S&P rates 15 territories (or 12 percent of all rated sovereigns) that have Queen Elizabeth as their monarch, including the likes of Australia and Canada, which along with the U.K. enjoy a flawless AAA credit score.
Monarchies are also heavyweights when it comes to the amount of debt or bonds they issue, making up around 40 percent of the sovereign debt that Standard & Poor's rates around the world, even though there are almost three times more sovereigns without a king or queen as head of state.
S&P also note the difference between constitutional monarchies, those that have a king or queen but the ability to pass legislation lies with an elected parliament, and absolute monarchies, where the ruler's powers are not limited by law or constitution.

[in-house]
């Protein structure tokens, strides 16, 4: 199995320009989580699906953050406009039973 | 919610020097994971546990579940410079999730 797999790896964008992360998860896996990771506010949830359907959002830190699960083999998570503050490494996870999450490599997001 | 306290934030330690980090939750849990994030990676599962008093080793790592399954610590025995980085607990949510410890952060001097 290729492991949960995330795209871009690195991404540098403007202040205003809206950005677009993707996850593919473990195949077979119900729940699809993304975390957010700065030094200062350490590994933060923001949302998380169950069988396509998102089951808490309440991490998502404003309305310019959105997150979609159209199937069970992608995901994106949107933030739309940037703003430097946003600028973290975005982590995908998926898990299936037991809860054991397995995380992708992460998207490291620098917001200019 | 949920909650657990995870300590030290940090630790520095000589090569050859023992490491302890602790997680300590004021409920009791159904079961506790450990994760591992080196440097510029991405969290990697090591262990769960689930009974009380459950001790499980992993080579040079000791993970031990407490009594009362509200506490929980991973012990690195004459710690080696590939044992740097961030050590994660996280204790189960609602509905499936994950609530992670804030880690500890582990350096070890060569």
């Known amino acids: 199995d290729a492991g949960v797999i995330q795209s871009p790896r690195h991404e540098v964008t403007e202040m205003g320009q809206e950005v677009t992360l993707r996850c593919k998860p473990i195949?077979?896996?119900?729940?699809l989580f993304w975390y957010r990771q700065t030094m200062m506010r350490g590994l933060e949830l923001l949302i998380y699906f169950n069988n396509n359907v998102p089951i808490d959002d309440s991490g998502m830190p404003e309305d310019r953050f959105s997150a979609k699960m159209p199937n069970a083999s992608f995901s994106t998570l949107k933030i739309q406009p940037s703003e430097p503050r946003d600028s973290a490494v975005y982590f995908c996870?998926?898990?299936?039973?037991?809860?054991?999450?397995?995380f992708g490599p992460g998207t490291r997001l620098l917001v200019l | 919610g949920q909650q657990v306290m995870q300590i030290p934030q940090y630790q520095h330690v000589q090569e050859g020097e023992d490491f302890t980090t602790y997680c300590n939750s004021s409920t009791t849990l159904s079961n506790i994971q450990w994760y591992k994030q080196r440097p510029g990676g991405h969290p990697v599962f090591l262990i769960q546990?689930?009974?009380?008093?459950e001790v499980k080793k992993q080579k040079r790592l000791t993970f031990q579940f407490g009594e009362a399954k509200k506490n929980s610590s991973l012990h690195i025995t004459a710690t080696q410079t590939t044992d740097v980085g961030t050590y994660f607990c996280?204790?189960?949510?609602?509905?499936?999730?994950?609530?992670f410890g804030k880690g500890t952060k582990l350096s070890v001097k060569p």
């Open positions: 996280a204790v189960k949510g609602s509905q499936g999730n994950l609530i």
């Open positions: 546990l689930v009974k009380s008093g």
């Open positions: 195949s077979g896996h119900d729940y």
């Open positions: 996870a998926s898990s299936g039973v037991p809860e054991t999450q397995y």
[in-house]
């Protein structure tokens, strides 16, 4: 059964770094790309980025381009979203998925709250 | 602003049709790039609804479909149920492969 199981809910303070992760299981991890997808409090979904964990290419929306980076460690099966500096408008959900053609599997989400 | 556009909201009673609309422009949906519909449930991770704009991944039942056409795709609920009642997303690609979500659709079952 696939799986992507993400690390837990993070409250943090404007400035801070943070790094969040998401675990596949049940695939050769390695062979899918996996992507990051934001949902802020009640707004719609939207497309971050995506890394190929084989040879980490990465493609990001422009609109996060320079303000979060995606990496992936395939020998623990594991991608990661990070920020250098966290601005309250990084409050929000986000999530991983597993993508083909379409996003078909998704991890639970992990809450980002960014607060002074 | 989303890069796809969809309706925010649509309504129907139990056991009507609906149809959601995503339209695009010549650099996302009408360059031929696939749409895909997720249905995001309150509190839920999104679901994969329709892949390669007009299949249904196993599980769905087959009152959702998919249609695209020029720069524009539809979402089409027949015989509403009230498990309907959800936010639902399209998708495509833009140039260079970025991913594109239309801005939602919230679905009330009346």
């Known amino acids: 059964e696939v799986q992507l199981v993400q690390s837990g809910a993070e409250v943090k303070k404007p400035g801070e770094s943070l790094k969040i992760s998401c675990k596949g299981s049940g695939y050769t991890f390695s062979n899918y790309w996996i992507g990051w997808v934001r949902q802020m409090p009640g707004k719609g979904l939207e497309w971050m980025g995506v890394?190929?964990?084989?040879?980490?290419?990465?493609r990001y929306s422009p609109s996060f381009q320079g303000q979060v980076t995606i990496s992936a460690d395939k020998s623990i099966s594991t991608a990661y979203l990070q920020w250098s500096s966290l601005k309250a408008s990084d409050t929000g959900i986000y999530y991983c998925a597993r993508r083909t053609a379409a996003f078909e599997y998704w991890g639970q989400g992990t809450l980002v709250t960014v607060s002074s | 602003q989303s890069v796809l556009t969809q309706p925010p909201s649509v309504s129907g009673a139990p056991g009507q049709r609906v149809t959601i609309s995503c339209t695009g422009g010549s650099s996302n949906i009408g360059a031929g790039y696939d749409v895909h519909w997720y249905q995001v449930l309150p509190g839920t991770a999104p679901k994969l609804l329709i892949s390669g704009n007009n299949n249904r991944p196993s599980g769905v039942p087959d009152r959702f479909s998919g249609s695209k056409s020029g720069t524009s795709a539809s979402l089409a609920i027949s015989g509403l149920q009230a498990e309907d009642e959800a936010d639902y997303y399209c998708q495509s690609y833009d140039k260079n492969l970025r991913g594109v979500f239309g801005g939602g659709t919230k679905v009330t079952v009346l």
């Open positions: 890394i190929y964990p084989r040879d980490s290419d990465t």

"There is no difference between constitutional and absolute monarchies in our assessment of their debt risk," credit analyst at the agency," Mukherji said.
"However, absolute monarchies score higher than constitutional monarchies in external risk and fiscal risk, largely reflecting the strong general government balance sheets and high external asset positions of wealthy monarchies in the eastern Arab world," he added.